Apr 5, 2010

Garrison Keillor, On Being Folksy

Back when I was growing up, or, the “old days,” as some are fond of saying, people knew what it meant to be folksy. Nowadays, the Dave Barrys of the world are too few and far between, like the posts on a rickety old fence that has withered from neglect, as the sun and moon brought the spring, summer, fall, then winter. Yeah, my mom sure was a hell of a woman. They don’t make dames like that, least not anymore they don’t.

My father, who was as grizzled as he was proud, knew there was value in things like plowing a field and loving Jesus. Yeah, these days you’d count yourself lucky if you were to hear someone say “howdy” or “evenin’.” Come to think of it, I can’t say that I’ve been invited to a box social for going on a decade.

But there are places where the art of folksy still exists. Where a cell phone is about as rare as a dodo bird. Where people make their own ice cream. These are places like Minnesota, Iowa and Wisconsin. In the Midwest, you can throw a hedge ball in just about any direction and you’re more likely to hit a porch swing than a multiplex theatre or strip mall.

There’s a reason that people from small town America are called the salt of the earth, and it’s because they put more salt on their food than a family bible has wear marks. That’s a lot of wear marks, at least in my family it is.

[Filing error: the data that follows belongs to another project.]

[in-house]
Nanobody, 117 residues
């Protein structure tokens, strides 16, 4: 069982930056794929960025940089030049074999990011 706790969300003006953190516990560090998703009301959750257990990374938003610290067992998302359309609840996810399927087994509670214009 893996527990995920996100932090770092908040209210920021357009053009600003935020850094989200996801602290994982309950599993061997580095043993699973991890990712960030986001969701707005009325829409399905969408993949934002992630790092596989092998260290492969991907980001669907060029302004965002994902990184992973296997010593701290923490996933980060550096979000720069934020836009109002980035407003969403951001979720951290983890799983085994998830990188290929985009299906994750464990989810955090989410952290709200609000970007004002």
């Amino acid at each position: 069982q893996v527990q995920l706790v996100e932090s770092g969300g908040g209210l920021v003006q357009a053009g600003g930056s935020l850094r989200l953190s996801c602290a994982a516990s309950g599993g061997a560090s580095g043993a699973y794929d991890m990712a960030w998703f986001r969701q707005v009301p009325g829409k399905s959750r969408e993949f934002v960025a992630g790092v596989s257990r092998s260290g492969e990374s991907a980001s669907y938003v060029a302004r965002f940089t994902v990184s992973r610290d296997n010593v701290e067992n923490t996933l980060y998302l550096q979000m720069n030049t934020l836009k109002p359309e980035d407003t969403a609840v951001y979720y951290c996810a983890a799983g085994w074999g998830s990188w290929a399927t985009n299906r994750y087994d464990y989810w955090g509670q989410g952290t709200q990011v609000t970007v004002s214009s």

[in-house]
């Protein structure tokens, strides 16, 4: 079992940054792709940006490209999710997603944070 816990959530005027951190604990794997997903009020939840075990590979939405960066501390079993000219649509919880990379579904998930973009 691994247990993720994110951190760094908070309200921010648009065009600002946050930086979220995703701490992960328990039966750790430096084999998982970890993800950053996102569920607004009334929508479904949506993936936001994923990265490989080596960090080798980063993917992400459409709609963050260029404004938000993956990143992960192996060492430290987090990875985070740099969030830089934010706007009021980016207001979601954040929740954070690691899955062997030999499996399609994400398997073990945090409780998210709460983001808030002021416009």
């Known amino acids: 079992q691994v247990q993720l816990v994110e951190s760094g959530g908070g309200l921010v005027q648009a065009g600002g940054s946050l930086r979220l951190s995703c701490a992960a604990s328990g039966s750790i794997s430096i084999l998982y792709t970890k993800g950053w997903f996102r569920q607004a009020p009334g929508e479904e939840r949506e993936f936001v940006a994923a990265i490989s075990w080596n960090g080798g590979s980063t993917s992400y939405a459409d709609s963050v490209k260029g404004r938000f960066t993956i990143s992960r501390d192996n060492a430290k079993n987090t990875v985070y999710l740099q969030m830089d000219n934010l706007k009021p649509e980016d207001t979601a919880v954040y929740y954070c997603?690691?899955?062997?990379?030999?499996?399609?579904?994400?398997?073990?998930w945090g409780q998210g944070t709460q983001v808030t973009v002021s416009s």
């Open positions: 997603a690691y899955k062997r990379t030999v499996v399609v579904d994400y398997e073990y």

No, I can’t say I’ve ever been to a movie premier. I probably couldn’t tell you where to find a Saks Fifth Avenue or a Blockbuster video. I like my clothes plain and my tones earth. I like to whistle and I certainly never raise my voice, that is unless it’s absolutely necessary.

I can tell you quite a few things about war, especially wars that the old red, white and blue struggled in. I’ve been known to pick off a pheasant from over two hundred yards. I’ve also been known to take that same bird home, strip its feathers and skin from its body, then cut its flesh from its bone and eat that flesh after most likely frying it in some fashion.

I know it’s not that cool to put ranch dressing on your salad anymore but then again I suppose it’s not too cool to sing in the local church choir, either. I guess I’ll take my chances.

I like movies about the struggles of man against impossible odds that are sad and yet wholesome in a somewhat understated way. If you think Grapes of Wrath is not the greatest American novel, then I am going to have to give you a stern talking to.

I’m somewhat socially progressive as well as frightened and unworldly. I believe that a pregnant teenager is a tragedy the likes of which Joseph Stalin could only envision.

I know enough to know that you can’t beat a rainy day at home with the family, wrapped up in a quilt that Grandma knitted with her own, weathered hands. Which grandma? Well, I suppose it doesn’t really matter, does it?

I have eaten potatoes cooked in more than a hundred and seventy forms. If you handed me a plate of sushi, I might confuse it with the newest Britney Spears album. I like my rock and roll rebellious, but nostalgic and non-threatening. I go to church, but I certainly don’t think I’m better than anyone else, because that’s how I was raised.

I’m folksy and I’m proud of it.